Ricki and the Flash Blu-ray Review

     Actors: Ben Platt, Rick Springfield, Sebastian Stan, Audra McDonald, Kevin Kline
  • Director: Jonathan Demme
  • Producers: Marc Platt, Gary Goetzman, Diablo Cody, Mason Novick
  • Format: Multiple Formats, Blu-ray, Ultraviolet, AC-3, Dolby, Dubbed, Subtitled, Widescreen
  • Language: English
  • Subtitles: French, Portuguese, Korean, Mandarin Chinese, Indonesian, Cantonese, Thai, Spanish, English
  • Dubbed: French, Portuguese, Thai, Spanish
  • Audio Description: English
  • Region: All Regions
  • Aspect Ratio: 2.40:1
  • Rated: PG-13 
  • Studio: Sony Pictures Home Entertainment
  • Release Date: November 24, 2015
  • Digital Copy Expiration Date: December 31, 2018
  • Run Time: 101 minutes


            It is truly a sad state of affairs when the most impressive acting in a film featuring Meryl Streep and Kevin Kline is a performance from former rock icon, Rick Springfield. Not since Will Smith and his obnoxious pseudo-celebrity child collaborated with M. Night Shyamalan to make the post-apocalyptic disaster of a film, After Earth, has an actor been so horribly blinded by the urge to work with their own undeserving offspring. This is the kind of performance that would kill most careers, though the lack of famous actresses her age allows Streep the freedom to make a Mamma Mia every few years, without repercussion. As much as Streep’s growling and guttural performance as an aging wannabe rock star may be like nails on a chalkboard to anyone who has ever actually held a guitar, it is nowhere near as obnoxious as the obviously nepotistic casting of her real-life daughter, Mamie Gummer. And all of this is sloppily held together by a lazy and reductive screenplay from Hollywood’s favorite stripper.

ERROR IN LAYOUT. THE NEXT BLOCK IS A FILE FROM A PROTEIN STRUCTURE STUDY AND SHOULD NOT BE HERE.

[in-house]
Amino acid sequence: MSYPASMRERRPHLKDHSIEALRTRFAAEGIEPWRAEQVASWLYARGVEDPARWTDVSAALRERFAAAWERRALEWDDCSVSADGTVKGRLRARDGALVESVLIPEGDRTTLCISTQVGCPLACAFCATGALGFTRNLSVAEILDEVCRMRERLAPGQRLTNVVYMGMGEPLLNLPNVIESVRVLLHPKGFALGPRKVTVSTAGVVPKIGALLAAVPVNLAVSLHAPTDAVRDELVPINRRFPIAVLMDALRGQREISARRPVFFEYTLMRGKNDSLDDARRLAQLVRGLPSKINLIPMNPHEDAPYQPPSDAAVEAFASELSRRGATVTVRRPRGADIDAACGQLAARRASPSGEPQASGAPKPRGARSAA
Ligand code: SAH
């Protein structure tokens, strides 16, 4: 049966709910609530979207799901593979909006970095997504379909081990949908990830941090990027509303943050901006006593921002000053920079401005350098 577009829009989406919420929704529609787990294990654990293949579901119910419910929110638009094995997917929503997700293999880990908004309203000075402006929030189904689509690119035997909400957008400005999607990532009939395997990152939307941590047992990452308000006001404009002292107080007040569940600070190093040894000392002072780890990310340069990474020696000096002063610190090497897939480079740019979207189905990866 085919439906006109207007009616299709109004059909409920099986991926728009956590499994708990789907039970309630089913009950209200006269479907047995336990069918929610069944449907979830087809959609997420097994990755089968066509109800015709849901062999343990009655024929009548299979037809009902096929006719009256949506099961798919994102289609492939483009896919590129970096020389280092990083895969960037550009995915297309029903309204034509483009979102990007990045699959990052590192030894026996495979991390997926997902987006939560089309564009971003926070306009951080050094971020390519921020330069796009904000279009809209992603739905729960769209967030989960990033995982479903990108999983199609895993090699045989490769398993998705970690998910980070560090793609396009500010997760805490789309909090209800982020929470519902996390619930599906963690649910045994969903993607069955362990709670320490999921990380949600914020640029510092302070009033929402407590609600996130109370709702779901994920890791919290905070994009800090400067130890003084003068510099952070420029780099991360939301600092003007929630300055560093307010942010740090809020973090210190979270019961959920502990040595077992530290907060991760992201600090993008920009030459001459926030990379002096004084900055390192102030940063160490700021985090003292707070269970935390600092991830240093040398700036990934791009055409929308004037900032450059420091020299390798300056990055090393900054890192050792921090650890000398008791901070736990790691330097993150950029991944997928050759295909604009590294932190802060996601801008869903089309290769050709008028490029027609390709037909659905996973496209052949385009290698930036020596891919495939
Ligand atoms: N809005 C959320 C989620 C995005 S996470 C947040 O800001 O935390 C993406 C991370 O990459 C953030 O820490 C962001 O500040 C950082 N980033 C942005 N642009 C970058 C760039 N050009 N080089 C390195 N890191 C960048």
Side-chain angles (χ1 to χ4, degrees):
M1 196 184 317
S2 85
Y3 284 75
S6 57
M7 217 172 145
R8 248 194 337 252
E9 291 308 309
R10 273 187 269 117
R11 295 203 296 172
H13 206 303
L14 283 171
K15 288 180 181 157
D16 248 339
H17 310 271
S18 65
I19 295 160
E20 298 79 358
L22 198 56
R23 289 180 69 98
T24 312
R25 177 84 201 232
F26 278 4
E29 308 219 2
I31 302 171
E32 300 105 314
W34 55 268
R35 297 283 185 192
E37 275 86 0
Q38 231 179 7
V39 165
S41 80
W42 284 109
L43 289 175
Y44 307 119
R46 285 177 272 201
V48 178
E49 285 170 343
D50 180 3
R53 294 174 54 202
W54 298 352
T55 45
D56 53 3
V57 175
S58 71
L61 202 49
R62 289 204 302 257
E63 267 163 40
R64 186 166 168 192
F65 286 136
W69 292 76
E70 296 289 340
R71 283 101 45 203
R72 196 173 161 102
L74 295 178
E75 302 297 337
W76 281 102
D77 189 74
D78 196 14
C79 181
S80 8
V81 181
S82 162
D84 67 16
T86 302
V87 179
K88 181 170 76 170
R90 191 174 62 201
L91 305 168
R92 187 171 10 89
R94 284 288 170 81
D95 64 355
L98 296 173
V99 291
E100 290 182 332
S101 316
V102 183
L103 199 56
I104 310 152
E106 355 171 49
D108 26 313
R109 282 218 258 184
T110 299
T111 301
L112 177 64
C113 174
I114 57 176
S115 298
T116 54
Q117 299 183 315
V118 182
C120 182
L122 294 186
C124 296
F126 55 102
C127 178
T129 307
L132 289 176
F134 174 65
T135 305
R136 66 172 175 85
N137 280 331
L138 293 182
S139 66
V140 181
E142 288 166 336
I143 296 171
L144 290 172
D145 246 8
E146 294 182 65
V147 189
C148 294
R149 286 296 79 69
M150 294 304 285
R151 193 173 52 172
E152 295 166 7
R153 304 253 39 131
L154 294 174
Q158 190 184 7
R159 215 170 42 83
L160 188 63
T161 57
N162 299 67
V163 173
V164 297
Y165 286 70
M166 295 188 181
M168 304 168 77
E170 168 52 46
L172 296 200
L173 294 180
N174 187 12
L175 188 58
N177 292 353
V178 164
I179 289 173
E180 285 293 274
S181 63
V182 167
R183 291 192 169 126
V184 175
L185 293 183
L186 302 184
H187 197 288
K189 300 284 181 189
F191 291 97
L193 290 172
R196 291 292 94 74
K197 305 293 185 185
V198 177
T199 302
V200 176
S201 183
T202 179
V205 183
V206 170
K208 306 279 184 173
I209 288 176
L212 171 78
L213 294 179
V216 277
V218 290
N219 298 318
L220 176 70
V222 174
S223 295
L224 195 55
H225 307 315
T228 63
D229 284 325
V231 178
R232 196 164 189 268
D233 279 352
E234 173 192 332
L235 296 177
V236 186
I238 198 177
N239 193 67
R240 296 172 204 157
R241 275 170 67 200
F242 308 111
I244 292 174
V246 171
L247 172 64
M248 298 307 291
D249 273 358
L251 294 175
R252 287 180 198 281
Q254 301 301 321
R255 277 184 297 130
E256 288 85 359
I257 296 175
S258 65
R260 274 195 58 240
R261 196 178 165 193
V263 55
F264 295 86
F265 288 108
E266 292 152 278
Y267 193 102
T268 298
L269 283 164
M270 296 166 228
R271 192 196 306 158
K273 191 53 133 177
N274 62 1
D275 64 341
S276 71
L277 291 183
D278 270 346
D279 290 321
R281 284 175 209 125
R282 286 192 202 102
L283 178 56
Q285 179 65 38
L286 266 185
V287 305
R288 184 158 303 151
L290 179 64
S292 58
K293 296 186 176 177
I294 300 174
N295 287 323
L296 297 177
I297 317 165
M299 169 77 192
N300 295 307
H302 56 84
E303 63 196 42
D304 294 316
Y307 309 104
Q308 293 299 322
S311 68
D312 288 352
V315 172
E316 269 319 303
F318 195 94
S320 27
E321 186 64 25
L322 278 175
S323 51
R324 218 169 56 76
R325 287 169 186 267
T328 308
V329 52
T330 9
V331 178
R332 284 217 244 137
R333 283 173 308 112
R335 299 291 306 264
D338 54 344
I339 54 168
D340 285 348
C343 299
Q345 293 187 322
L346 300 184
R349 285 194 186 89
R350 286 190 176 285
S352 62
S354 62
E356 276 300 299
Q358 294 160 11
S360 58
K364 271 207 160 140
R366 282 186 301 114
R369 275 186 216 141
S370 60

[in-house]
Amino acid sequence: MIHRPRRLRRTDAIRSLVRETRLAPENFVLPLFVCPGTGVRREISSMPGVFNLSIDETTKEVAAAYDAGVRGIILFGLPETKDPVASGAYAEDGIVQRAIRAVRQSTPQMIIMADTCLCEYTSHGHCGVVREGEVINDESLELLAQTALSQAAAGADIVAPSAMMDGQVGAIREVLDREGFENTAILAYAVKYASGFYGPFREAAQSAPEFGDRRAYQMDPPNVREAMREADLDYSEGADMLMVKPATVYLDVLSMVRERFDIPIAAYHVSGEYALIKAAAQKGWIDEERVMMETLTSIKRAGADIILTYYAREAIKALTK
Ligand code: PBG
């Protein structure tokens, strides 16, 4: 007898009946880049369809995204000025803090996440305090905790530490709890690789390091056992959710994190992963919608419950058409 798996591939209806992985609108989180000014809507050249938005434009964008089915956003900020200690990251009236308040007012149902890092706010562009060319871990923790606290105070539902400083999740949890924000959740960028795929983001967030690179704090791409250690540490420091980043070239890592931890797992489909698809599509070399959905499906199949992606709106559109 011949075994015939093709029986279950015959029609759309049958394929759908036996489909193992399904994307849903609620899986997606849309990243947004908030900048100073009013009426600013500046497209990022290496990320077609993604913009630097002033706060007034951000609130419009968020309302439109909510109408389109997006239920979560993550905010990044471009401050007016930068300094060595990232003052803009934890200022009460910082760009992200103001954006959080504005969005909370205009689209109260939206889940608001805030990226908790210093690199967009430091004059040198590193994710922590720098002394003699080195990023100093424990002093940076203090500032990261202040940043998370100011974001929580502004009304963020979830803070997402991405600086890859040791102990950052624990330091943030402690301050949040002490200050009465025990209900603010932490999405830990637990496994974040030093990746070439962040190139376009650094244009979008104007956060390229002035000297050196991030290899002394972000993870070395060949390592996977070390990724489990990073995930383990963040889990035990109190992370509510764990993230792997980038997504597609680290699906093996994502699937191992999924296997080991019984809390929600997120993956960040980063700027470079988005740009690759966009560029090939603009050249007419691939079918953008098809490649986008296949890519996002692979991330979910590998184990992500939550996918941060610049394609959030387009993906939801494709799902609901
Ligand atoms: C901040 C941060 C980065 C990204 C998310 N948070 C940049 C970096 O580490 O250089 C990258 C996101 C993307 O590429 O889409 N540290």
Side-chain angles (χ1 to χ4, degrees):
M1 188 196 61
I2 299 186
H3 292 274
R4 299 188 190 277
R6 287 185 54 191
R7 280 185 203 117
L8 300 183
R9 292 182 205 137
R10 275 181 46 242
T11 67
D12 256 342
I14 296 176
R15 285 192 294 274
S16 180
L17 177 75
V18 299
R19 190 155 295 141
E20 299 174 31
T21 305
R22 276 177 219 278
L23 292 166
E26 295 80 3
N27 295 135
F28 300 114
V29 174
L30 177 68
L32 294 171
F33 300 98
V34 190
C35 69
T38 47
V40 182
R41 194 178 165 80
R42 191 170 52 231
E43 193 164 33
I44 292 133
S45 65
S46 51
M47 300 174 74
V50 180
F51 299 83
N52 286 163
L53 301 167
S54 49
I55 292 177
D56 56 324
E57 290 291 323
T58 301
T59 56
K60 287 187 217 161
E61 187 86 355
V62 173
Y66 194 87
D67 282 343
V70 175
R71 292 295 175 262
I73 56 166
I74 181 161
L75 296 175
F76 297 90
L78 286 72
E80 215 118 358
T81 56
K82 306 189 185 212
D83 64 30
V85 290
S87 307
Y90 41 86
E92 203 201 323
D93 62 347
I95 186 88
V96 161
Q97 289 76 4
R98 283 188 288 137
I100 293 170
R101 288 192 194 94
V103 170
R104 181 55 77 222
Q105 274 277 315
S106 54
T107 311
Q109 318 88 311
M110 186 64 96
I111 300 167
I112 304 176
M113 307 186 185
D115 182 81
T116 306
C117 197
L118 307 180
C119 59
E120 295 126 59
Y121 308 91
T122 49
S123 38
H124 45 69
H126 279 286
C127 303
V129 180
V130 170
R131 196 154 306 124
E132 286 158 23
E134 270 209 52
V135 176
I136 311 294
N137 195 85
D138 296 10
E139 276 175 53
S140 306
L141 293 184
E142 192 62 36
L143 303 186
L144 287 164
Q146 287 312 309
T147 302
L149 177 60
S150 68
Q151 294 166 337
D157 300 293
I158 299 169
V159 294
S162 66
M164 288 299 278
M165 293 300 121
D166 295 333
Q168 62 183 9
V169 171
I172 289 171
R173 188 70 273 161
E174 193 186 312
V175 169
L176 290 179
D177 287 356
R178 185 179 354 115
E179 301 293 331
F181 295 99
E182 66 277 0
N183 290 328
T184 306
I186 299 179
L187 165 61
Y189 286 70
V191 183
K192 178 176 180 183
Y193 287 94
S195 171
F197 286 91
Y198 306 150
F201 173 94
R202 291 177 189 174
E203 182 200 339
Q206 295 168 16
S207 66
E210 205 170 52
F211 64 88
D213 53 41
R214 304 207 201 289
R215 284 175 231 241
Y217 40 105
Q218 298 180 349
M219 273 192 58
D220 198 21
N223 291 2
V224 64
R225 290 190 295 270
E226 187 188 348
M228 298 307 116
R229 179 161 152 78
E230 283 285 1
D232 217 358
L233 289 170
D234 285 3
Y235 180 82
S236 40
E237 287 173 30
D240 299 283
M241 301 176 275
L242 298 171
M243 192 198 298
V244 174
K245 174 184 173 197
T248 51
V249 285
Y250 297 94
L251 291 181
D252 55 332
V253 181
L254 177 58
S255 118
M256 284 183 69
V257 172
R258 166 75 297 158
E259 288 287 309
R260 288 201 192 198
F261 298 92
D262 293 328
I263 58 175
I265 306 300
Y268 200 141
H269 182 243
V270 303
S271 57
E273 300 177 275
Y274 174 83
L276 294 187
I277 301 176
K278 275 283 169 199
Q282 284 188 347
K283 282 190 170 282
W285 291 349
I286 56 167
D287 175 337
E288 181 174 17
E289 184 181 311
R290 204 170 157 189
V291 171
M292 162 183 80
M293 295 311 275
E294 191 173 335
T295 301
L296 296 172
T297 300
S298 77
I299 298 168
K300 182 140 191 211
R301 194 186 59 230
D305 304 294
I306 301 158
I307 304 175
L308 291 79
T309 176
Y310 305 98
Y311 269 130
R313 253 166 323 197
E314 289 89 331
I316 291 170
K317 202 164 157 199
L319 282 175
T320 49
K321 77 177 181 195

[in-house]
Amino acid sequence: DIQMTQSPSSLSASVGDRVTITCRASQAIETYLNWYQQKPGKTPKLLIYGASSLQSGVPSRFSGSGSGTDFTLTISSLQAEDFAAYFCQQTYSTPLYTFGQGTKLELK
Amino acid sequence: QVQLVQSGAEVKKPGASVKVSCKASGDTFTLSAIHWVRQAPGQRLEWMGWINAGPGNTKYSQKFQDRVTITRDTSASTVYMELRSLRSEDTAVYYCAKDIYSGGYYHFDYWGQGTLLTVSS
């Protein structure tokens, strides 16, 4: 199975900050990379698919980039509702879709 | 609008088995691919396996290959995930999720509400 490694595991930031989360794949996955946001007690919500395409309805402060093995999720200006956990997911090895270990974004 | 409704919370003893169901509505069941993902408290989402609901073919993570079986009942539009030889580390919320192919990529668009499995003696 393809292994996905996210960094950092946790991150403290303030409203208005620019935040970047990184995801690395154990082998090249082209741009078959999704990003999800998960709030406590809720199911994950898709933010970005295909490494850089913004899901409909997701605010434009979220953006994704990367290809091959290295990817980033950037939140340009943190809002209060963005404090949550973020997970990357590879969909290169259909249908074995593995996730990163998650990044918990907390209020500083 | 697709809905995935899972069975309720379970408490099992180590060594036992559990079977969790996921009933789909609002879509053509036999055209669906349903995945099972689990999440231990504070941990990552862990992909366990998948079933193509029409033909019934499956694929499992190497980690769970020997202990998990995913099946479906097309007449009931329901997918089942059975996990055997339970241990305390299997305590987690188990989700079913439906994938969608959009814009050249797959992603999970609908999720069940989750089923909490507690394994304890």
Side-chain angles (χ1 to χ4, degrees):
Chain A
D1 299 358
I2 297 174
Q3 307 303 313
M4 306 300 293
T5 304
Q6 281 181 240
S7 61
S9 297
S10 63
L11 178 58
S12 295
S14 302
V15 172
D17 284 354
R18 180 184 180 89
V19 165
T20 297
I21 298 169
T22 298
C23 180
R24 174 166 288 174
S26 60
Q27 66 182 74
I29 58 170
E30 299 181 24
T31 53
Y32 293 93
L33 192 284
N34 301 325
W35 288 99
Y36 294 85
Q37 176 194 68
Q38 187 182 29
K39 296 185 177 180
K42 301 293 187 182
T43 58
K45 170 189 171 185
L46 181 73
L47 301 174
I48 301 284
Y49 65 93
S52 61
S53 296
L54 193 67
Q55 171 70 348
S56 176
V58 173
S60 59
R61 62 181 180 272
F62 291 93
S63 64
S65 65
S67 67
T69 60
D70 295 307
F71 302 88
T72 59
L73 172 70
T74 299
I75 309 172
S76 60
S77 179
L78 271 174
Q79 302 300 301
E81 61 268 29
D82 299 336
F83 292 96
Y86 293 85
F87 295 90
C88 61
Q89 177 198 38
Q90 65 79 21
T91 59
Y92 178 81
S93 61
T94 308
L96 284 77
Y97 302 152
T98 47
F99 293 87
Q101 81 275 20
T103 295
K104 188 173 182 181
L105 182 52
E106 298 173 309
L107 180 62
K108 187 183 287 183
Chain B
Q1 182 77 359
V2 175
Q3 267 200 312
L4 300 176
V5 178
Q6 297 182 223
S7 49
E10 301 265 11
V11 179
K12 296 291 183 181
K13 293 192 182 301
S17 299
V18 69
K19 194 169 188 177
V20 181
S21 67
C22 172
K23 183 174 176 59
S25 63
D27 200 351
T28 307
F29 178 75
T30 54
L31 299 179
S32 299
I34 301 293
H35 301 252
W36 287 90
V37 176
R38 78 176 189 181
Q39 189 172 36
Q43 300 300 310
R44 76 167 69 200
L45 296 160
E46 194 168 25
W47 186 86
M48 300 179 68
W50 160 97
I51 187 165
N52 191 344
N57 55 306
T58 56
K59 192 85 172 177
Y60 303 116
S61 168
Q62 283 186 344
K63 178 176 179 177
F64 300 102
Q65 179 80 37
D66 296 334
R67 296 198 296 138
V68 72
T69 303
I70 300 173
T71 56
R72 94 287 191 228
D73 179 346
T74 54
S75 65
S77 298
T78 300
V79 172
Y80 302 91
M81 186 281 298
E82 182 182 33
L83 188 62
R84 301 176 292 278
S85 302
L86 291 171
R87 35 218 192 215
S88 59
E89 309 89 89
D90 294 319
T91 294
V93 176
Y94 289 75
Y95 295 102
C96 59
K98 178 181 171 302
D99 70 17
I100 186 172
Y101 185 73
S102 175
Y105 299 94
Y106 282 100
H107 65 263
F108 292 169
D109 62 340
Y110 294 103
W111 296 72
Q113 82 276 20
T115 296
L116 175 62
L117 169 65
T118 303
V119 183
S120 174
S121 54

Streep stars as Ricki Rendazzo, an aging and failing musician working as a grocery store clerk between weekend gigs at a dive bar in Temecula, CA. When she receives news from her ex-husband (Kline) that her only daughter (Gummer) is getting a divorce, Ricki returns home to try and fix the relationships she has neglected for decades. If this plot sounds familiar, that is because it is nearly exactly the same as Danny Collins, minus the fame and believable performances. This is a huge difference to screenwriter Diablo Cody, but not because Ricki is unsuccessful; rather, what is significant to her is the fact that Ricki is a woman.